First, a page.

There are few endpoints that can hold a candle to mortality as the end-all, be-all of clinical trials design, but two appear to be fit for the challenge, (at least according to past FDA decisions) - or are they? Blood Pressure lowering and glycemic control.
It is old news that Vioxx kills people, and does so utterly unnecessarily: alternative treatments are available that are generic, low cost, and have no toxicities that are demonstrably greater than Vioxx (despite Big Pharma inuendo to the contrary - you know, GI toxicity and the like).
(I am reminded of cognitive dissonance theory here - originally described by Alport, 1938; It has been demonstrated that folks who are more harshly hazed by a fraternity have greater allegence to it.....could this be one of the reasons why paying big bucks for a prescription NSAID with no demonstrable benefits over OTC generics leads to patient claims of superiority of the branded product?)
Well, the old news is still being published: http://content.nejm.org/cgi/content/full/357/4/360 .
The interesting thing to me about the Vioxx story is that with alternatives available (you know, Aleve, Mortin, and the like), and in relation to a "lifestyle drug," safety was not given greater weight. If your primary endpoint is mortality, you might allow an MI or two in your dataset (although you should report them). But when your endpoint is "confirmed clinical upper gastrointestinal events " (http://content.nejm.org/cgi/content/full/343/21/1520), perhaps closer attention ought to be paid to the side effects you have to pay in order to receive the benefits of the primary endopint. If no other NSAIDS were available to treat patients with crippling arthritis, that would be one thing (think IBS: Alosetron withdrawn and then reintroduced to the market because of lack of a suitable alternative; http://content.nejm.org/cgi/content/full/349/22/2136). But there were alternatives and this was a lifestyle drug....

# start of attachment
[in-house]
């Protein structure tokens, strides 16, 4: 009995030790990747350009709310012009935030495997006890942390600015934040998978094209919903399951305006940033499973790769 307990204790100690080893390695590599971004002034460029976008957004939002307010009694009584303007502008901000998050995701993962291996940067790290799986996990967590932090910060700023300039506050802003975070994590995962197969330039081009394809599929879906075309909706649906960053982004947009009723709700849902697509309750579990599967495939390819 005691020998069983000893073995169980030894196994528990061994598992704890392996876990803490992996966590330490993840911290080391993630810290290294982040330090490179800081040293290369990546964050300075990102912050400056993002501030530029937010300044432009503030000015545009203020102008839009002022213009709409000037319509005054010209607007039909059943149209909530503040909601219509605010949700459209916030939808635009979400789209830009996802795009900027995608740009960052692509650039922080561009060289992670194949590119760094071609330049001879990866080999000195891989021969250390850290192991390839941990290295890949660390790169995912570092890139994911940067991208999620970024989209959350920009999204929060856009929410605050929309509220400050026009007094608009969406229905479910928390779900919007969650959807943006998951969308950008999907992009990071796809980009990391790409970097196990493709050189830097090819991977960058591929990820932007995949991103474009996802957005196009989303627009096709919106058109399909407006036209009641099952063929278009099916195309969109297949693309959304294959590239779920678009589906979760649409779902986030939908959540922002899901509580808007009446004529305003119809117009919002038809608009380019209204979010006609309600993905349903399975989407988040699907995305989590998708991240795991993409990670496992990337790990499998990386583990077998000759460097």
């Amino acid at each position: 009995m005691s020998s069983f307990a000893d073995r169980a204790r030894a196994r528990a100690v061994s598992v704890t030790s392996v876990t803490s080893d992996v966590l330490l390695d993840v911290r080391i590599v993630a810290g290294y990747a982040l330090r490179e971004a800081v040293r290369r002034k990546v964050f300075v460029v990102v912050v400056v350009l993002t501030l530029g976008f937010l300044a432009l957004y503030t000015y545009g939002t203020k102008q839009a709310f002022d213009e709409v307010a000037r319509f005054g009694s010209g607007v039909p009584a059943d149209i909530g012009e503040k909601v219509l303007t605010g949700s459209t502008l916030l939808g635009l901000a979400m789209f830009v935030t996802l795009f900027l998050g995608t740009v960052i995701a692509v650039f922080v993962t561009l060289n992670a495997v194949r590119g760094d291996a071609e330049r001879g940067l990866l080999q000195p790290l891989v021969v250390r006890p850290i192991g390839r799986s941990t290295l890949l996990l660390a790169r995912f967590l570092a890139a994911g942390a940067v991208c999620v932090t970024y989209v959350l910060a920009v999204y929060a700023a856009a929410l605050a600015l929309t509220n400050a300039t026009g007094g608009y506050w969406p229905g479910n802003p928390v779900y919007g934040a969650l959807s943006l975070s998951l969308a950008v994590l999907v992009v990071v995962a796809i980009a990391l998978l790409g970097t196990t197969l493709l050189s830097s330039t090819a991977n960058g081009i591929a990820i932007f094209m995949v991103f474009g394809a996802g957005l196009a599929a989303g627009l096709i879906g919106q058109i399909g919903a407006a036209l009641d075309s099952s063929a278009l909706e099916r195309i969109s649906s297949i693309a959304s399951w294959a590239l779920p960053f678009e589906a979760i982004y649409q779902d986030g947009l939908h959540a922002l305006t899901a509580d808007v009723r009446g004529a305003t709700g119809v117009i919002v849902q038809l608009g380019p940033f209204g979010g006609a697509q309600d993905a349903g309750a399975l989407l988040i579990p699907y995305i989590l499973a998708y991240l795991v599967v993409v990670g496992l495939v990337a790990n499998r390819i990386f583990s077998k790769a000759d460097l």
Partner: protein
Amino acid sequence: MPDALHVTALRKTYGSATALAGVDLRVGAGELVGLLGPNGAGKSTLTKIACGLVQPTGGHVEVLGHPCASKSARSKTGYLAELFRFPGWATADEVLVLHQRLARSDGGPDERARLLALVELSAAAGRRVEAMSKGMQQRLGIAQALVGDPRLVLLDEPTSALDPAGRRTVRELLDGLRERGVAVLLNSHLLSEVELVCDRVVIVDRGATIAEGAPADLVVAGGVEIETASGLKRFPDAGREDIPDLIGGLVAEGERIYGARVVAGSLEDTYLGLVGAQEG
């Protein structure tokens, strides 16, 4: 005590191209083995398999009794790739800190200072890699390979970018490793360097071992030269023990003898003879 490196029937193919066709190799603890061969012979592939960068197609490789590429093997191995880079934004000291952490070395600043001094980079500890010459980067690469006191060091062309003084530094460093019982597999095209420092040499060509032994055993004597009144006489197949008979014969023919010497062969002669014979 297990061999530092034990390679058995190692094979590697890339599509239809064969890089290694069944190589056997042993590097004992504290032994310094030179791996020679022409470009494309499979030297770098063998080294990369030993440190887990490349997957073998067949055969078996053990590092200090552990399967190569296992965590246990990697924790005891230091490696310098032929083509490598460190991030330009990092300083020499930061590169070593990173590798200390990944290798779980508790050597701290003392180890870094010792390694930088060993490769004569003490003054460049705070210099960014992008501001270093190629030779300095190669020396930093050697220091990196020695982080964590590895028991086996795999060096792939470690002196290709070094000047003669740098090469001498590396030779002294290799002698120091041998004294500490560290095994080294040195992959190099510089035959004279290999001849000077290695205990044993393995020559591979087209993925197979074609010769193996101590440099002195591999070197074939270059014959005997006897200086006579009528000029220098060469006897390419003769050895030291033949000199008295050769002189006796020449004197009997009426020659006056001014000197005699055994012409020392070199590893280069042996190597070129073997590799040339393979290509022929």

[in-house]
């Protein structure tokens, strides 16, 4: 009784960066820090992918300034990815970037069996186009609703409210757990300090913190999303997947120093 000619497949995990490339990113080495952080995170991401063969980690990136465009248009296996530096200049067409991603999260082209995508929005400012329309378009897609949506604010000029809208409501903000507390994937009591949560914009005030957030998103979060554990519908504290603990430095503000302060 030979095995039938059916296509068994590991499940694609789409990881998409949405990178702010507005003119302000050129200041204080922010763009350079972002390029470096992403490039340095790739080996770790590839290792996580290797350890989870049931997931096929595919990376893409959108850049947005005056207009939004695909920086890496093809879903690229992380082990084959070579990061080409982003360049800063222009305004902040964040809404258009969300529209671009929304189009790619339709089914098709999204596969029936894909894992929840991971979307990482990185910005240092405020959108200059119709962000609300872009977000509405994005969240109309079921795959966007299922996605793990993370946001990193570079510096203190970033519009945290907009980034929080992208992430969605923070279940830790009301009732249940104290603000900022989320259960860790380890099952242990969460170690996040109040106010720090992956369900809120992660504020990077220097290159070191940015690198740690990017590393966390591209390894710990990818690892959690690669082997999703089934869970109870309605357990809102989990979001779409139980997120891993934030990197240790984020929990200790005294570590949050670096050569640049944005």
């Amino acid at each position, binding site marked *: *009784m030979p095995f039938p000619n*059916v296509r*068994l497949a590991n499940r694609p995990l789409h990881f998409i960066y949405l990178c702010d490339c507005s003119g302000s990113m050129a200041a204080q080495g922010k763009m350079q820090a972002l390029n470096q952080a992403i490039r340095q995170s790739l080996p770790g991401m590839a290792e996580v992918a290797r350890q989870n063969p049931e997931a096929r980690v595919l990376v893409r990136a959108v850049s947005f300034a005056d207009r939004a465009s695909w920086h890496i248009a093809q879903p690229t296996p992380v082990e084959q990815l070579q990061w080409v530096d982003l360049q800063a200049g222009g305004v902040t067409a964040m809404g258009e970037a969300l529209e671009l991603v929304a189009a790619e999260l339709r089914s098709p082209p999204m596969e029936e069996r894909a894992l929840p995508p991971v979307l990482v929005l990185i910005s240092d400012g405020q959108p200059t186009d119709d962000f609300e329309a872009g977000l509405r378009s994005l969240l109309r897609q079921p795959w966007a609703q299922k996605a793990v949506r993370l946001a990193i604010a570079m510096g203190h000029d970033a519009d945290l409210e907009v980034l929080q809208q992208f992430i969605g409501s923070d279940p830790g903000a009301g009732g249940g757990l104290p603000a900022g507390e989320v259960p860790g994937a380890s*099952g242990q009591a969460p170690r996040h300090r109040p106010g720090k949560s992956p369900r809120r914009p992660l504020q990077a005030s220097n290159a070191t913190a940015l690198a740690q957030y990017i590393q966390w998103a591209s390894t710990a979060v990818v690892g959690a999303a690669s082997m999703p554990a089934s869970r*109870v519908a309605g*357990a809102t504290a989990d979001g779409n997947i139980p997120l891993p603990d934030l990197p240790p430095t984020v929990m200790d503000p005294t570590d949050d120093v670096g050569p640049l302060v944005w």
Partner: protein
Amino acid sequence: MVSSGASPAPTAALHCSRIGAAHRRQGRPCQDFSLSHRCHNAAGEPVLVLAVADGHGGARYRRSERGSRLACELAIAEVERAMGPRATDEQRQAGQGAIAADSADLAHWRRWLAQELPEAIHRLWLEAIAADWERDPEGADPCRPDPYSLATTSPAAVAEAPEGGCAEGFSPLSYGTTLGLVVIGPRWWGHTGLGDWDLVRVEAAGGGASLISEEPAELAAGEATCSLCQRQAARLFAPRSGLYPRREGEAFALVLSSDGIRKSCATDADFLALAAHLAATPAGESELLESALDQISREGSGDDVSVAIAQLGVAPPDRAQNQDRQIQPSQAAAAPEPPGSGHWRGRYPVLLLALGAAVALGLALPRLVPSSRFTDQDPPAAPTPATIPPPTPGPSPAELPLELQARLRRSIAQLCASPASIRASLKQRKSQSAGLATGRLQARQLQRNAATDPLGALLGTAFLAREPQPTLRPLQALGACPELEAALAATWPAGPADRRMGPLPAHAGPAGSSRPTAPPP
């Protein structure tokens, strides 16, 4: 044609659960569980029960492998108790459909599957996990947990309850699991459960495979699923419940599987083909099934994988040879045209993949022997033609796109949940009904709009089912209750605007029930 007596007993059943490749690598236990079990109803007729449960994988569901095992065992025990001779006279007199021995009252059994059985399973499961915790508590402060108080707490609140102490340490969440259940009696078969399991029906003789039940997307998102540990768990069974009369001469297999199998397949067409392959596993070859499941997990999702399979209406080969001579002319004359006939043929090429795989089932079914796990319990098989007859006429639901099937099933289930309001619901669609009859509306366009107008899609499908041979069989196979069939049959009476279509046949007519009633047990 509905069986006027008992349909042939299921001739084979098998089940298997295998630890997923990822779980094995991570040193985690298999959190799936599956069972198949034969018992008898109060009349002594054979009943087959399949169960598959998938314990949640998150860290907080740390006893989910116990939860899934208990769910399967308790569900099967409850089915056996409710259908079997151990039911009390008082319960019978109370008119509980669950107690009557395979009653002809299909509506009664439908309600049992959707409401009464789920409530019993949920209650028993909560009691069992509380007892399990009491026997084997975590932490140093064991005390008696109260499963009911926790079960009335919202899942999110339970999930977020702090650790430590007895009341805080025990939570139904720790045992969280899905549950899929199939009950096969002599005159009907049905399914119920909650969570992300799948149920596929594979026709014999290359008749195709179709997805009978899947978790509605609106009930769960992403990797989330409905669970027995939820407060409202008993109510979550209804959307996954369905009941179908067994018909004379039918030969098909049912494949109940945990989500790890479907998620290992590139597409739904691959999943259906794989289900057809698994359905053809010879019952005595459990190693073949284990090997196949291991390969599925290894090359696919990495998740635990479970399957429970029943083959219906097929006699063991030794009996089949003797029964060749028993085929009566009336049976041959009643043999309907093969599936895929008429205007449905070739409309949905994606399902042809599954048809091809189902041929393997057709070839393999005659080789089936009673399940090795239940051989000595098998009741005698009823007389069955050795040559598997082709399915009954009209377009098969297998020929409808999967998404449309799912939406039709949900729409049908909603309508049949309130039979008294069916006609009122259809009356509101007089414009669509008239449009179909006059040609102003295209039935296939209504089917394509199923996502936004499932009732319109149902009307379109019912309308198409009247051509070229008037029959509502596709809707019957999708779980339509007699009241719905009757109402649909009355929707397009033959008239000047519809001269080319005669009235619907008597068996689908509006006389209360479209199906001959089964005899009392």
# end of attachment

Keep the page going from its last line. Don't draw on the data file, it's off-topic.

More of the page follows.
And now we have the Avandia debacle, which, surprisingly, did not lead to a recommendation for withdrawl of this drug from teh US markey by the recent FDA advisiory panel (http://sciencenow.sciencemag.org/cgi/content/full/2007/730/1). Once again, it seems this decision, if made by a rational agent, would have given due consideration to whether there are alternative agents that might be used in place of Avandia if it were no longer available. Well, sure enough, in addition to metformin (think UKPDS), and insulin, and other oral hyopglycemics, lo and behold: Pioglitazone.
This is discussion forum for physicians, researchers, and other healthcare professionals interested in the epistemology of medical knowledge, the limitations of the evidence, how clinical trials evidence is generated, disseminated, and incorporated into clinical practice, how the evidence should optimally be incorporated into practice, and what the value of the evidence is to science, individual patients, and society.
Tuesday, July 31, 2007
Secondary Endpoints, Opportunity Costs, Alternatives, Vioxx, Avandia, and Actos
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My name is Tony Gomez and i would like to show you my personal experience with Vioxx.ReplyDelete
I am 56 years old. Have been on Vioxx for 2 years now. Everybody that works for the fda that oked this drug should be put in jail.
I have experienced some of these side effects -
heart attack hardening of the arteries and nerve damage in my feet
I hope this information will be useful to others,
Sir - thank you for your comments. I am deeply regretful that you may have been harmed by this product. Thankfully, others will not be harmed in the future.ReplyDelete
In regard to my comments about paying more for something making you think it's better - I have become aware that this was not an original idea (like many of my "ideas") - see: http://papers.ssrn.com/sol3/papers.cfm?abstract_id=707541ReplyDelete